The Comparative Ethnic Studies PhD program provides flexibility for students to pursue their individual research interests, while ensuring that they are grounded in both foundational and cutting-edge theories in ethnic studies.
Our department is dedicated to interrogating the relational nature of race and its attendant categories, particularly gender and sexuality, using frameworks that account for the increasingly transnational ways that these categories are constructed, resisted, and inhabited. However, we believe that rigorous comparative and relational analyses can only grow out of deep groundings in the particular areas of Africana, Asian American, Chicana/Chicano, and Native American/Indigenous studies. Methodologically and theoretically, our faculty members possess training and expertise in interdisciplinary fields including ethnic studies, women’s and gender studies, cultural studies, literary and film studies, border studies, and American studies, as well as traditional disciplines including anthropology, history, philosophy, and sociology.
We seek students who are driven to pursue projects that advance the field of ethnic studies; are motivated to map out individualized courses of study; and have demonstrated abilities to comprehend, create, and apply theories; conduct original research; analyze data; and write effectively. Applicants must hold a master's degree in ethnic studies or a related field (examples include areas such as American studies, sociology, literature, or history) by the time of their enrollment. Financial support will be available in the form of teaching assistantships and fellowships for especially qualified applicants.
Please see the list of our current doctoral students for examples of the types of work that students are pursuing in our program.
A master's degree in ethnic studies or a related field is required for all applicants. Research experience is highly recommended, and writing skills (as demonstrated in the statement of purpose and writing sample) are highly valued.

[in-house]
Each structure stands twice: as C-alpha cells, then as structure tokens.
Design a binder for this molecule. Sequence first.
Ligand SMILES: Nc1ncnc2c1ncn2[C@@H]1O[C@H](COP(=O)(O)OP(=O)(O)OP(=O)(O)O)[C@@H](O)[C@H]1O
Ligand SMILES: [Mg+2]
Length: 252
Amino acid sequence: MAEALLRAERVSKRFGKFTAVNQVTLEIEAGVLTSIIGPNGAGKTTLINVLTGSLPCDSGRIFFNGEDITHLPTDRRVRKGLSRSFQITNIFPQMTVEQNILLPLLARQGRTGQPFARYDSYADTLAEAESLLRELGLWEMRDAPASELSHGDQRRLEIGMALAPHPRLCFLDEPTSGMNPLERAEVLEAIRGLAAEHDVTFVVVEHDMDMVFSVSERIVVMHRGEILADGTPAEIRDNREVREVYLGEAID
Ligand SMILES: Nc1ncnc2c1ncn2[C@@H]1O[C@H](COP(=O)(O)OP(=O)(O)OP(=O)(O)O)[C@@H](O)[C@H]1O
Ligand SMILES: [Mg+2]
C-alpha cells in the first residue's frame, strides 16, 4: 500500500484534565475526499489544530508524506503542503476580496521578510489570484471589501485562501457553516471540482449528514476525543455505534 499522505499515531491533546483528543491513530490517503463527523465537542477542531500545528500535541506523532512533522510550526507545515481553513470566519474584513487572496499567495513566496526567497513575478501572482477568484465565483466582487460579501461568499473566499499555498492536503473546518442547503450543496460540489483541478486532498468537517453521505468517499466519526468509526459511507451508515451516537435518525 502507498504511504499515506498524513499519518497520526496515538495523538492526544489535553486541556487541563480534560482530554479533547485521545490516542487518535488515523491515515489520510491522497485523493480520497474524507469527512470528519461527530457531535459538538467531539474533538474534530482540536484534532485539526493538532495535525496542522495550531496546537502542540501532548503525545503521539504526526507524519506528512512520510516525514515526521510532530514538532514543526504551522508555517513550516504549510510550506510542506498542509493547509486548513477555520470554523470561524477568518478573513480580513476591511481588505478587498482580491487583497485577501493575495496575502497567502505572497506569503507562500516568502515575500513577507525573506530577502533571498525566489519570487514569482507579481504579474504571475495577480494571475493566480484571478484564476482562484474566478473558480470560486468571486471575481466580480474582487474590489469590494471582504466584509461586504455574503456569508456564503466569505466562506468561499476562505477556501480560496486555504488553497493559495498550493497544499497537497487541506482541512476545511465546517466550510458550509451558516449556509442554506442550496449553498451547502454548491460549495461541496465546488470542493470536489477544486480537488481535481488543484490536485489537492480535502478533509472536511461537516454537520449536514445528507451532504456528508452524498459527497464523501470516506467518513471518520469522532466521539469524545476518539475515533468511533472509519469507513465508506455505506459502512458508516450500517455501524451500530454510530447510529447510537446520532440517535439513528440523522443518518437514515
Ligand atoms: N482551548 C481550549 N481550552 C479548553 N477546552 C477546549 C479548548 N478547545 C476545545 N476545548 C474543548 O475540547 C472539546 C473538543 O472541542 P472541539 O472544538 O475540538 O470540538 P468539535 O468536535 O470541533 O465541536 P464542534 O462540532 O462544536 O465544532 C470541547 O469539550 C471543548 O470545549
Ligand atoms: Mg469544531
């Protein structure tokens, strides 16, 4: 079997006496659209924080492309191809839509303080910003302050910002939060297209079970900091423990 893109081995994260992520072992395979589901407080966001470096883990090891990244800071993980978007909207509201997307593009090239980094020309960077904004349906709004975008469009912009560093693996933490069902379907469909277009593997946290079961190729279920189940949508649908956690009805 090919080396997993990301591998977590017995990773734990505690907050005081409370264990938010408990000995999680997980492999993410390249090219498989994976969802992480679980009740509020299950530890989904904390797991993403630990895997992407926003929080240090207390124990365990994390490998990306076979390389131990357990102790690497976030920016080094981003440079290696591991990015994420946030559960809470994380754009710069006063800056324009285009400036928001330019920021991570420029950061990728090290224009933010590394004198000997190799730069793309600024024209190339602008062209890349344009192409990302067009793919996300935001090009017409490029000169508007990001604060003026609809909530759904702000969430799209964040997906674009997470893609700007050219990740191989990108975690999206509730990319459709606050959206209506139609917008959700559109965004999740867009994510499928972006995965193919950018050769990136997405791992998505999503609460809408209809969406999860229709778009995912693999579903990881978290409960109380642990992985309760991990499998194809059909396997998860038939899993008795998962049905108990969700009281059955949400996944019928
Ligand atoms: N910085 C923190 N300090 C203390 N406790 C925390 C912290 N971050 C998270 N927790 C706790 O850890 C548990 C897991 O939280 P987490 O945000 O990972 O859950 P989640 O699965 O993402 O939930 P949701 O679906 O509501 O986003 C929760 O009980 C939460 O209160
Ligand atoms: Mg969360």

- Hold a baccalaureate degree or its equivalent from an accredited college or university and a master's degree in ethnic studies or an affiliate field from an accredited college or university, as above.
- Complete the University of Colorado Graduate School Online Application.
- Pay a nonrefundable application fee of $60 (either by credit card with your online application or with a check made payable to University of Colorado). The fee for international applicants is $80.
- Submit one unofficial transcript from each college or university attended. Official transcripts will be required after admission.
- GRE – submission of GRE scores is optional for admission considerations into the PhD program, however, if you wish to be considered for certain merit-based fellowships through the Graduate School, you must submit GRE scores with your application.
- Submit three letters of recommendation.
- Submit a scholarly writing sample (not to exceed 30 double-spaced pages).
- Submit a statement of purpose (not to exceed 2000 words) describing your past research or scholarly activities, teaching and community engagement in ethnic studies or affiliated fields, and explaining your current research interests and how they align with the faculty expertise and mission of our department.
Financial support in the form of teaching assistantships and/or fellowships may be offered to highly qualified applicants. Exceptional applicants will be nominated for competitive university-wide fellowships. Students are also encouraged to apply for national fellowships.
Please see the application criteria for the following national fellowship competitions: